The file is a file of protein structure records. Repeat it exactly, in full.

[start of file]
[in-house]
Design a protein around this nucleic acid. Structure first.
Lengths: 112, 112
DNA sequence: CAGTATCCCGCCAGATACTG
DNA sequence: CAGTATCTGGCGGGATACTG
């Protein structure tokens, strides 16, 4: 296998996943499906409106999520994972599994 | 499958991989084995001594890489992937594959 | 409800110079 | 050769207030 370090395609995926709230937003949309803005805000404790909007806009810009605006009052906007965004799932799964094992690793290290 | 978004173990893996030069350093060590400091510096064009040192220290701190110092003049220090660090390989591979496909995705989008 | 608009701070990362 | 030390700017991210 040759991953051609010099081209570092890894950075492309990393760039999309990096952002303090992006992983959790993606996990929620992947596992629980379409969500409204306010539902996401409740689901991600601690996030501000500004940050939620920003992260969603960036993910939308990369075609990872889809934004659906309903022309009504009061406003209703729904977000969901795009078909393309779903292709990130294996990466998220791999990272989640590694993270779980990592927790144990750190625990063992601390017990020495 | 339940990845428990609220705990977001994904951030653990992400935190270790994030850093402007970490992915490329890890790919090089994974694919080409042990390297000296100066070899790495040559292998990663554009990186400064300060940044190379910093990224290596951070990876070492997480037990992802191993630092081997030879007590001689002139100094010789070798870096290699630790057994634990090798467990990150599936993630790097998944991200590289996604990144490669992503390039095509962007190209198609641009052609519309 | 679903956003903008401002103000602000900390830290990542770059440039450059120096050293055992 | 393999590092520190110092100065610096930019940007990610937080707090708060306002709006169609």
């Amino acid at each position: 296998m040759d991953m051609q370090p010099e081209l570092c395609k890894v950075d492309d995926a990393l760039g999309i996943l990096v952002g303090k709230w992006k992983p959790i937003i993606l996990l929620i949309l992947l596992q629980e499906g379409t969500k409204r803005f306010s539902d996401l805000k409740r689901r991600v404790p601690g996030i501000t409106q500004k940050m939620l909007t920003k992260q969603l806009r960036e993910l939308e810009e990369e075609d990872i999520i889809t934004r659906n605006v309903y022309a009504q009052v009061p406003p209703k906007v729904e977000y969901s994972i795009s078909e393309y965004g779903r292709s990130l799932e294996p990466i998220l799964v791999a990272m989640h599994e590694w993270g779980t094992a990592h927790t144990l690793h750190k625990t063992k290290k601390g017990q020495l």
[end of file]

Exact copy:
[in-house]
Design a protein around this nucleic acid. Structure first.
Lengths: 112, 112
DNA sequence: CAGTATCCCGCCAGATACTG
DNA sequence: CAGTATCTGGCGGGATACTG
């Protein structure tokens, strides 16, 4: 296998996943499906409106999520994972599994 | 499958991989084995001594890489992937594959 | 409800110079 | 050769207030 370090395609995926709230937003949309803005805000404790909007806009810009605006009052906007965004799932799964094992690793290290 | 978004173990893996030069350093060590400091510096064009040192220290701190110092003049220090660090390989591979496909995705989008 | 608009701070990362 | 030390700017991210 040759991953051609010099081209570092890894950075492309990393760039999309990096952002303090992006992983959790993606996990929620992947596992629980379409969500409204306010539902996401409740689901991600601690996030501000500004940050939620920003992260969603960036993910939308990369075609990872889809934004659906309903022309009504009061406003209703729904977000969901795009078909393309779903292709990130294996990466998220791999990272989640590694993270779980990592927790144990750190625990063992601390017990020495 | 339940990845428990609220705990977001994904951030653990992400935190270790994030850093402007970490992915490329890890790919090089994974694919080409042990390297000296100066070899790495040559292998990663554009990186400064300060940044190379910093990224290596951070990876070492997480037990992802191993630092081997030879007590001689002139100094010789070798870096290699630790057994634990090798467990990150599936993630790097998944991200590289996604990144490669992503390039095509962007190209198609641009052609519309 | 679903956003903008401002103000602000900390830290990542770059440039450059120096050293055992 | 393999590092520190110092100065610096930019940007990610937080707090708060306002709006169609």
């Amino acid at each position: 296998m040759d991953m051609q370090p010099e081209l570092c395609k890894v950075d492309d995926a990393l760039g999309i996943l990096v952002g303090k709230w992006k992983p959790i937003i993606l996990l929620i949309l992947l596992q629980e499906g379409t969500k409204r803005f306010s539902d996401l805000k409740r689901r991600v404790p601690g996030i501000t409106q500004k940050m939620l909007t920003k992260q969603l806009r960036e993910l939308e810009e990369e075609d990872i999520i889809t934004r659906n605006v309903y022309a009504q009052v009061p406003p209703k906007v729904e977000y969901s994972i795009s078909e393309y965004g779903r292709s990130l799932e294996p990466i998220l799964v791999a990272m989640h599994e590694w993270g779980t094992a990592h927790t144990l690793h750190k625990t063992k290290k601390g017990q020495l």